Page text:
Historical tour of the world via Bonanza G36 Leg 2 - Looking for friends!

Today was a fairly short second leg. I am having a ton of fun flying the Bonanza around and landing at all the different airports along the way. I was introduced to Little Navmap and I ended up burning most of my available daylight today plotting my route and learning my way around the program. I highly recommend Little Navmap for anyone who hasn’t discovered it yet.

For anyone who didn’t read the first leg introduction I am attempting to fly around the world, taking screenshots along the way and trying to incorporate a little bit of history and legends along the way!
I am also looking for people to fly with so please let me know where you are located and I will message you when I’ll be flying near your area and maybe we can meet up! I’d love a sky tour from somebody who is familiar with the area.

Also, I started playing around with the NVIDIA Game Filter. Everything seemed over exposed and bright so I heard about the NGF and I feel as though I have achieved a good balance for now. These are my settings:

Tint color 29%
Tint Intensity 19%
Temperature 10.5
Vibrance 16.6

Exposure -16%
Contrast -30%
Highlights -30%
Shadows 43%
Gamma -12%

Intensity 17%
Texture Details 0%
Invert Depth Z-Axis ON
Invert Depth Y-Axis OFF

Here is my flight plan for today:

Departure: Lesesne 6SC1
Palmetto Air Plantation SC41
Manning downtown area
Sumter KSMS
Shaw Afb KSSC
Columbia downtown area
Arrival: Jim Hamilton L B Owens Airport KCUB

Pre-departure photo

Looking back at Lake Marion with Lake Moultrie in the distance. The history of these lakes has been one of controversy. They were hailed as marvels and derided for robbing many people of their homes. By way of design, Lake Moultrie is bowl shaped while Lake Marion follows the Santee River’s watershed. The result provided hydroelectric power for the area and also created a water route from Columbia to Charleston.


Preparing to land at Palmetto Air Plantation SC41

Located in Manning, SC. Court was held in the Clarendon County Courthouse for the first time on April 19, 1858. John Isaac Ingram was known as “The Father of Clarendon County” because of his unwavering support of the new county. He was a member of the House of Representatives from 1842 to 1848 and the Senate from 1848 to 1856.


Landing in Sumter KSMS. The city and county of Sumter have a colorful history stretching back more than 300 years. In the 1740s, the first English-speaking settlers arrived to establish roots along the banks of the Wateree River. The “Carolina Backcountry,” as it was then known, became a predominantly agricultural area called Craven County, later Claremont County.

Shaw Afb KSSC is the site of the Army Air Corps Basic Flying School, named for 1st Lt. Ervin David Shaw. Lt. Shaw was a US pilot who, while returning from a reconnaissance mission in France, during World War One, was attacked by three enemy fighter planes, and shot one of them down before being himself shot down.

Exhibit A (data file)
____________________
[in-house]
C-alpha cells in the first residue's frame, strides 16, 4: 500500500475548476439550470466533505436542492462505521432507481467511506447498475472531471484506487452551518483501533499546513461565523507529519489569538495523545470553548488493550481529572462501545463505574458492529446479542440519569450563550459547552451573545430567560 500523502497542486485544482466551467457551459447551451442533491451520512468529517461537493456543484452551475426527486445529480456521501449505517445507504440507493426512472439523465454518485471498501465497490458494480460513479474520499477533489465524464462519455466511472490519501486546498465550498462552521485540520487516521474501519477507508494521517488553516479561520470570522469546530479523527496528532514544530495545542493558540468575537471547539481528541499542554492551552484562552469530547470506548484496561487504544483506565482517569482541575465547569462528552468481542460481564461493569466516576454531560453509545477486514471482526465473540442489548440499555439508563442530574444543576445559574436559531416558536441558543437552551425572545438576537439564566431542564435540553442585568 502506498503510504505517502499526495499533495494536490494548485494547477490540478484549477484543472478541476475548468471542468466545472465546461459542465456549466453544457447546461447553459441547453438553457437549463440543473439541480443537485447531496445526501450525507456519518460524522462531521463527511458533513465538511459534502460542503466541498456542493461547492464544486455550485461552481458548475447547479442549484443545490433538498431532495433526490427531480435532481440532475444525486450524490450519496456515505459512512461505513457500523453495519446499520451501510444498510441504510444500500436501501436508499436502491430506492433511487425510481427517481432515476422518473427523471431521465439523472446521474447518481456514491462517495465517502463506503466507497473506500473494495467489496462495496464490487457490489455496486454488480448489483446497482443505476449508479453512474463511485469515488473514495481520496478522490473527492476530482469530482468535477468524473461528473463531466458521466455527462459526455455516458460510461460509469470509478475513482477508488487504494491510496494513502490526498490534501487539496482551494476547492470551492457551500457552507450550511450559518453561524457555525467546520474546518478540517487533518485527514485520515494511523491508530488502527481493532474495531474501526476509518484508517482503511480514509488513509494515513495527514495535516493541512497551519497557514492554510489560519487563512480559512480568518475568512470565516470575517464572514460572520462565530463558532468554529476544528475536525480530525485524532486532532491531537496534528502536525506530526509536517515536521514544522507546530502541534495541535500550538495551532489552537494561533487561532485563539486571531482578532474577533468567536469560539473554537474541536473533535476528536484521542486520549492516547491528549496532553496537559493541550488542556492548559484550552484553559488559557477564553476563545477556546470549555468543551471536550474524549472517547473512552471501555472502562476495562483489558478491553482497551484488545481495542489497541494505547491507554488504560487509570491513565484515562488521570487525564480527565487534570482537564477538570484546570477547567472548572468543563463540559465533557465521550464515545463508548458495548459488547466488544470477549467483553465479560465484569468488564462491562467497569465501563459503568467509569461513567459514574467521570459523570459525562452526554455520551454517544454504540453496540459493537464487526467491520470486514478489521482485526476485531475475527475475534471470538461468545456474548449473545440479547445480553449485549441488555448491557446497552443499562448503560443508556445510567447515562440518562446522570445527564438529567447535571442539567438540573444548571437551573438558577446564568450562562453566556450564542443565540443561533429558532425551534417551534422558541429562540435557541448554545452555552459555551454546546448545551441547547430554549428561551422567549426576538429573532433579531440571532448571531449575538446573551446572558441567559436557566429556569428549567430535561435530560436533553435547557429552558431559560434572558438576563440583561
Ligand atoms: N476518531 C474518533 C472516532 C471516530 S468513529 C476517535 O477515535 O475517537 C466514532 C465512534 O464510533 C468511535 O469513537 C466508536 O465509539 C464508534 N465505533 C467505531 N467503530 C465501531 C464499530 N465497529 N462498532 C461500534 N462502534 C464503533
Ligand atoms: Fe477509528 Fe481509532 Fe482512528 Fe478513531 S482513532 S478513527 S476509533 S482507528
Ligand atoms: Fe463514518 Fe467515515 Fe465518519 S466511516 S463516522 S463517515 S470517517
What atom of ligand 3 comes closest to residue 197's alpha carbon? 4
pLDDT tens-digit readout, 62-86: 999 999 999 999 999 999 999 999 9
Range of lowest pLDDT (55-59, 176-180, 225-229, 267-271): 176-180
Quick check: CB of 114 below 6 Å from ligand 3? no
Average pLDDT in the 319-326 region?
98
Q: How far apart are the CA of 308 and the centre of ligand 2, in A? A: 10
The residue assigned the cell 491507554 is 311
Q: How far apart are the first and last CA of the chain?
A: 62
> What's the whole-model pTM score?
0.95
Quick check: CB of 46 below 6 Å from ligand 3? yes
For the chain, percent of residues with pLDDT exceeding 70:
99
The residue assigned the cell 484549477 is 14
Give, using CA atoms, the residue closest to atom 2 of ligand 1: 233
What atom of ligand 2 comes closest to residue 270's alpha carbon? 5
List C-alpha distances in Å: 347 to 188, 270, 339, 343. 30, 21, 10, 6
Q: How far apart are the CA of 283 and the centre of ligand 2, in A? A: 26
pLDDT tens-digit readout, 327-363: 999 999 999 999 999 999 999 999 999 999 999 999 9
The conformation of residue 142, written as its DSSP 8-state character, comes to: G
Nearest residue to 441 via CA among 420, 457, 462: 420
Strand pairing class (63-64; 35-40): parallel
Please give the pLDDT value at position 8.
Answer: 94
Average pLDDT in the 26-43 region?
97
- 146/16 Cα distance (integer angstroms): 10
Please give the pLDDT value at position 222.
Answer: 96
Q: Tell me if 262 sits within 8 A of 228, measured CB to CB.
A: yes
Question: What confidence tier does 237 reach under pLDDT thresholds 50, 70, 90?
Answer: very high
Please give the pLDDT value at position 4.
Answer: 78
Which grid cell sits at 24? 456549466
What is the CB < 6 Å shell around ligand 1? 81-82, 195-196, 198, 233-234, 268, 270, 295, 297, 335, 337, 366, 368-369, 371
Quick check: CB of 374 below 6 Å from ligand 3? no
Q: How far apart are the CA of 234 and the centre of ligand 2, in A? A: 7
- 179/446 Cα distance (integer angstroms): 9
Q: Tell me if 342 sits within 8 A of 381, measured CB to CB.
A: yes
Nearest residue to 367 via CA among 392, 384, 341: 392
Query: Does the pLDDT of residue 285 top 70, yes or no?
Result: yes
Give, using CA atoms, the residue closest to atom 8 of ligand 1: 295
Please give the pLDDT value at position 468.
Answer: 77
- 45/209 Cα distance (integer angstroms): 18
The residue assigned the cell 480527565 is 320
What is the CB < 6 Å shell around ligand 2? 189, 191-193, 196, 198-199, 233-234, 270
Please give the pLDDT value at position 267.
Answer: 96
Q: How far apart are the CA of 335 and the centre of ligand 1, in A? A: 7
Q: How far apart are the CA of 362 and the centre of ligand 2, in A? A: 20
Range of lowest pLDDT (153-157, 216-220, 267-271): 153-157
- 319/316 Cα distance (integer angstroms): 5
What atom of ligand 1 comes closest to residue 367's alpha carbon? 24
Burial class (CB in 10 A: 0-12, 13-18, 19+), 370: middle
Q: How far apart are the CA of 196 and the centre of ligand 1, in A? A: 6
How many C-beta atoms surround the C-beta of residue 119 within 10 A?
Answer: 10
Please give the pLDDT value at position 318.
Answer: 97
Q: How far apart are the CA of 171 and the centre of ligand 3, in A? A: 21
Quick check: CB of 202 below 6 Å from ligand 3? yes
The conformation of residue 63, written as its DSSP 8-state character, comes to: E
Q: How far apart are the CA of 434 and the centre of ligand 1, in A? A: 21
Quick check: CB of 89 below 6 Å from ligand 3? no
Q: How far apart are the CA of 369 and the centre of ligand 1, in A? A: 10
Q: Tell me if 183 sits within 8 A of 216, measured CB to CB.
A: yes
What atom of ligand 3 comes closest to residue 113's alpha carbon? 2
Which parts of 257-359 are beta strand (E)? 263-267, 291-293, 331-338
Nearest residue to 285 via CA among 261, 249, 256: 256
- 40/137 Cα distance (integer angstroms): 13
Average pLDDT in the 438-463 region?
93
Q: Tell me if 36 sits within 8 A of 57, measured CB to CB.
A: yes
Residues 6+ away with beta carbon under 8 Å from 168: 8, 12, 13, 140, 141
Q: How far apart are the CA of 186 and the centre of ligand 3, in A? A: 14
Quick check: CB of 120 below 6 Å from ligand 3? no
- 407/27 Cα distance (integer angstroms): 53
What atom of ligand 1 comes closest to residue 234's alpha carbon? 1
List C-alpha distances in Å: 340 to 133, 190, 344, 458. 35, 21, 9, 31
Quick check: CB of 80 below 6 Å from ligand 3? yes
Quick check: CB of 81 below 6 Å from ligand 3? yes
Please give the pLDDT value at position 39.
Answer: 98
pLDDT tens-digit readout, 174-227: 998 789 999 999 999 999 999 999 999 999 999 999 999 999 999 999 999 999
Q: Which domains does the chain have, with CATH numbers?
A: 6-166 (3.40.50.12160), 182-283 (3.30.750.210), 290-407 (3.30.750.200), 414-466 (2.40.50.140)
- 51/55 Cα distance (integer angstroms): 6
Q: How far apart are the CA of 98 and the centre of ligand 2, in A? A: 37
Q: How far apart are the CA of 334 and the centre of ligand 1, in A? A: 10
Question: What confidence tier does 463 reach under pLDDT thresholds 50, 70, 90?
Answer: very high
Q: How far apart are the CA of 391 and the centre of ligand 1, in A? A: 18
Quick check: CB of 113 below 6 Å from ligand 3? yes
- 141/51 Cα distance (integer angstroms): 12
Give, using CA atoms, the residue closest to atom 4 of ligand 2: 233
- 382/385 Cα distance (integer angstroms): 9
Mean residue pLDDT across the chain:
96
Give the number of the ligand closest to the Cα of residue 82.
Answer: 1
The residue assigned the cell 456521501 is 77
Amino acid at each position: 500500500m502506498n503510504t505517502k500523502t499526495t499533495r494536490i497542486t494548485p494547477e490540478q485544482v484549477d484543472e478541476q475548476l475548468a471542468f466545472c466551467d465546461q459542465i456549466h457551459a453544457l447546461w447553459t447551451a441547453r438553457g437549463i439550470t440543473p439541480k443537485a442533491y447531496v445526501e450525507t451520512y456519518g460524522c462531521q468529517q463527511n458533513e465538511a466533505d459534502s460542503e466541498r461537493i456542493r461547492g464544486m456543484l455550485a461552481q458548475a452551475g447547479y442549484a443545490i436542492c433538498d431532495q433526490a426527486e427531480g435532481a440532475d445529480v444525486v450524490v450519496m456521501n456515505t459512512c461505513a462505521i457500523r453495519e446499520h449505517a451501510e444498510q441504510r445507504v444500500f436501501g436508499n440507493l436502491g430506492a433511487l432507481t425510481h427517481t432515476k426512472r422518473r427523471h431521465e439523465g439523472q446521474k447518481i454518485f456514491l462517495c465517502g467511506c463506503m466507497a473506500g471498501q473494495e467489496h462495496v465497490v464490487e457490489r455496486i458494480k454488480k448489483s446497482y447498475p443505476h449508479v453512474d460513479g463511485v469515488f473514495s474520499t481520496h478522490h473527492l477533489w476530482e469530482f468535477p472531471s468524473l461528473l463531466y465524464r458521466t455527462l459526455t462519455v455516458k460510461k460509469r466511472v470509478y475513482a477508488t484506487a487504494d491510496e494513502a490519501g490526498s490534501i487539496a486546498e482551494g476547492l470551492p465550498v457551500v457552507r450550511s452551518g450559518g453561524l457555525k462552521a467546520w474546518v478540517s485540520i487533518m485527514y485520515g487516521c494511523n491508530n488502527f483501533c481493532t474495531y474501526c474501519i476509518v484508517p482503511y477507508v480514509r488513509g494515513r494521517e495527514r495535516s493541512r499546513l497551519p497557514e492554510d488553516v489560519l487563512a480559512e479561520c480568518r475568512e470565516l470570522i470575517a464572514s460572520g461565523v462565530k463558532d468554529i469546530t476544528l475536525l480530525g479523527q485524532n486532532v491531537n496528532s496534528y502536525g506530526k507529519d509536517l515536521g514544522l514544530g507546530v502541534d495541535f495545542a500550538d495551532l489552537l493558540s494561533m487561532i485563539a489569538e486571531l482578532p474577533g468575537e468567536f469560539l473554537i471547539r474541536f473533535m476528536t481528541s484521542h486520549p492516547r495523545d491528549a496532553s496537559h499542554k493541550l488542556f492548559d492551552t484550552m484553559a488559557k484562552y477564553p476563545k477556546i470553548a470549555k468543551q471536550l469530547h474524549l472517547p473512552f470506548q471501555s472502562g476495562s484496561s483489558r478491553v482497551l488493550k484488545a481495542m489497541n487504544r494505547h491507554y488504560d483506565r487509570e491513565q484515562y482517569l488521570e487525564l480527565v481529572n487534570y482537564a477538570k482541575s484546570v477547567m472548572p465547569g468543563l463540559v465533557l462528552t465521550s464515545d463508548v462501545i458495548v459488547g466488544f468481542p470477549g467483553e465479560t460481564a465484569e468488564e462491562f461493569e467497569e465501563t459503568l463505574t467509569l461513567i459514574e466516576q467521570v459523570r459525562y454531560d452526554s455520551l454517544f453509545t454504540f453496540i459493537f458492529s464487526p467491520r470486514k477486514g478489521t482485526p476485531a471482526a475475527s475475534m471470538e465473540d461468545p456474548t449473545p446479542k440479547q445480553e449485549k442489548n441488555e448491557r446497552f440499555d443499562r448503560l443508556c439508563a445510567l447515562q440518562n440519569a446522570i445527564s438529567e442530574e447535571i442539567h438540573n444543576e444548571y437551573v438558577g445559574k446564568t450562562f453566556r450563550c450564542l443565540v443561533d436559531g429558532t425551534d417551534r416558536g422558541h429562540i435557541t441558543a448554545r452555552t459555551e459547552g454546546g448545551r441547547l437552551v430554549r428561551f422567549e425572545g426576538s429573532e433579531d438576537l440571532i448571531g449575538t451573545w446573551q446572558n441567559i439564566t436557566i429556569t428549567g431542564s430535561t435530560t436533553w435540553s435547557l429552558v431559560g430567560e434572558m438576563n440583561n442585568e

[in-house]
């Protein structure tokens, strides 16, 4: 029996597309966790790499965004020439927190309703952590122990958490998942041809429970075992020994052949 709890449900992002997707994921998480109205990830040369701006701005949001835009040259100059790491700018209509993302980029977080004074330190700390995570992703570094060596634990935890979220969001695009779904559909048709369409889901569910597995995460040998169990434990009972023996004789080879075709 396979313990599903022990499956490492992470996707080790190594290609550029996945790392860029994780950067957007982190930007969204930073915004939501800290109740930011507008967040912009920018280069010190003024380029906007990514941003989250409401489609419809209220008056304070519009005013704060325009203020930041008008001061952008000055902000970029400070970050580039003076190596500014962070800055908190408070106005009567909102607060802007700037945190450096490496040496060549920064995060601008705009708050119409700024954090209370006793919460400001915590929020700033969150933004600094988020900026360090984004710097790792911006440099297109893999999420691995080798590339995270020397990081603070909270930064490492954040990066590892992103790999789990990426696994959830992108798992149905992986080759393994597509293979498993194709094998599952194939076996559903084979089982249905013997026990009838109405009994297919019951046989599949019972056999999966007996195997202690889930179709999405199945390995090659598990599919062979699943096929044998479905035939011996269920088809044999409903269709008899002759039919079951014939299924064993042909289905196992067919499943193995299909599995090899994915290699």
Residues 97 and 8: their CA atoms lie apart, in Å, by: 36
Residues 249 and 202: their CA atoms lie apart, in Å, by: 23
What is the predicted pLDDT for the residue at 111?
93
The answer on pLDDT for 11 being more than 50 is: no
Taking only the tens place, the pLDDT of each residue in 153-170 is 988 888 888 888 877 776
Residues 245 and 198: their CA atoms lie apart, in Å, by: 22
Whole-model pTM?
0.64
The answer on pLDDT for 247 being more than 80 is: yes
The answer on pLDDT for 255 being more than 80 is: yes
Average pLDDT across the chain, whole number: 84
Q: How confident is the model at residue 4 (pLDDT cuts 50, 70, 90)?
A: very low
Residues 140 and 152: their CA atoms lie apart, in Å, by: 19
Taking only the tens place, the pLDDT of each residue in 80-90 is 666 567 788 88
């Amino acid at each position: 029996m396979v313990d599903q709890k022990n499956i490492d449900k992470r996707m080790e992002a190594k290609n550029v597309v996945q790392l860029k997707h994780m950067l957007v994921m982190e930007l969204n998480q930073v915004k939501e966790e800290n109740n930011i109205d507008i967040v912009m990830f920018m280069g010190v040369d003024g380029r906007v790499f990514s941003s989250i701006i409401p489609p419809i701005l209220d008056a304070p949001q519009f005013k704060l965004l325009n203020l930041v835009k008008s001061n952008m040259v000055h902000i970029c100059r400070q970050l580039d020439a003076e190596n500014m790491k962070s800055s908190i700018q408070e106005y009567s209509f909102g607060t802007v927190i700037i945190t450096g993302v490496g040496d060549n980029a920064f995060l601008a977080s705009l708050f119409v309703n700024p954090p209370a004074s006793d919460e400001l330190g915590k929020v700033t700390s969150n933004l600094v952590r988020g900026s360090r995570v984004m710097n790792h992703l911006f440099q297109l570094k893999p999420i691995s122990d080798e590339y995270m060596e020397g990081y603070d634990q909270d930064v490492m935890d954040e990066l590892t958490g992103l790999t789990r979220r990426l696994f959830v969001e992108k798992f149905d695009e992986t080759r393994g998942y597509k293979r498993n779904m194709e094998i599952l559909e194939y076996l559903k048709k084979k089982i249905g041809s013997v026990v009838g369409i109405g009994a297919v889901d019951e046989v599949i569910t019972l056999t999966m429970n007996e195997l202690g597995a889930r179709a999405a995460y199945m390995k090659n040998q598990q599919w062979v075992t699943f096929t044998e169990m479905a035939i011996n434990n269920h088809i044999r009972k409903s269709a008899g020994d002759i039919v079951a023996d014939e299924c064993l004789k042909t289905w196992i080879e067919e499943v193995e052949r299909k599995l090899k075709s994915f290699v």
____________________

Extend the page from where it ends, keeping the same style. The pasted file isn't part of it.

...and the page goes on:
Columbia, like Atlanta, Raleigh and many other cities, lies at the fall line of the Piedmont. This is the long, geological line at which the glaciers stopped and then retreated thousands of years ago. It’s the place that the broad, flat Congaree River splits into the Saluda and Broad rivers at a place of treacherous, rocky shoals. Early explorers and traders could not navigate a boat through it. This meant that anyone wanting to continue inland in the Colonial era needed to get off the river and portage around. Those shoals are the very reason Columbia exists, and the reason that the Columbia Canal was built in 1820. The Canal, widened at the end of the 19th century using indentured Irishmen, is still vital to the city today as part of hydroelectricity and water treatment plants.

The State House, a beautiful granite building at the intersection of Gervais and Main streets, was still being built when the Civil War began. When Sherman approached the city from the other side of the Congaree River in 1864, the Confederates ordered that the bridges spanning the river be burned to stop the oncoming Union Army. Sherman ordered artillery strikes across the river as a pontoon bridge was built. The State House was struck five times with enough force to damage and gouge the granite. The damage was never repaired, and it was marked by bronze stars instead. When you visit, see if you can find all of them.

The South Carolina State Museum, the largest museum in the southeast, holds impressive natural and human history collections, including artifacts from Columbia’s and South Carolina’s recent and ancient history. The massive and beautiful building itself also is part of that history. The Columbia Mills Building, opened in 1894, was the first totally electric textile mill in the world. That electricity was supplied by the dams just up river.

The Colonial Life Arena is a multi-purpose arena in Columbia, South Carolina, primarily home to the University of South Carolina men’s and women’s basketball teams. Opened as a replacement for the Carolina Coliseum with the name Carolina Center in 2002, the 18,000-seat arena is also host to various events, including conferences, concerts, and graduation ceremonies. It is the largest arena in the state of South Carolina and the eighth largest campus college arena.

Williams–Brice Stadium is the home football stadium for the South Carolina Gamecocks, the college football team representing the University of South Carolina in Columbia, South Carolina. It is currently the 16th largest on-campus college football stadium in the NCAA and is located on the corner of George Rogers Boulevard and Bluff Road adjacent to the South Carolina State Fairgrounds.

Final approach into Jim Hamilton L B Owens Airport KCUB

Successful second leg. Thank you for coming along!


1 Like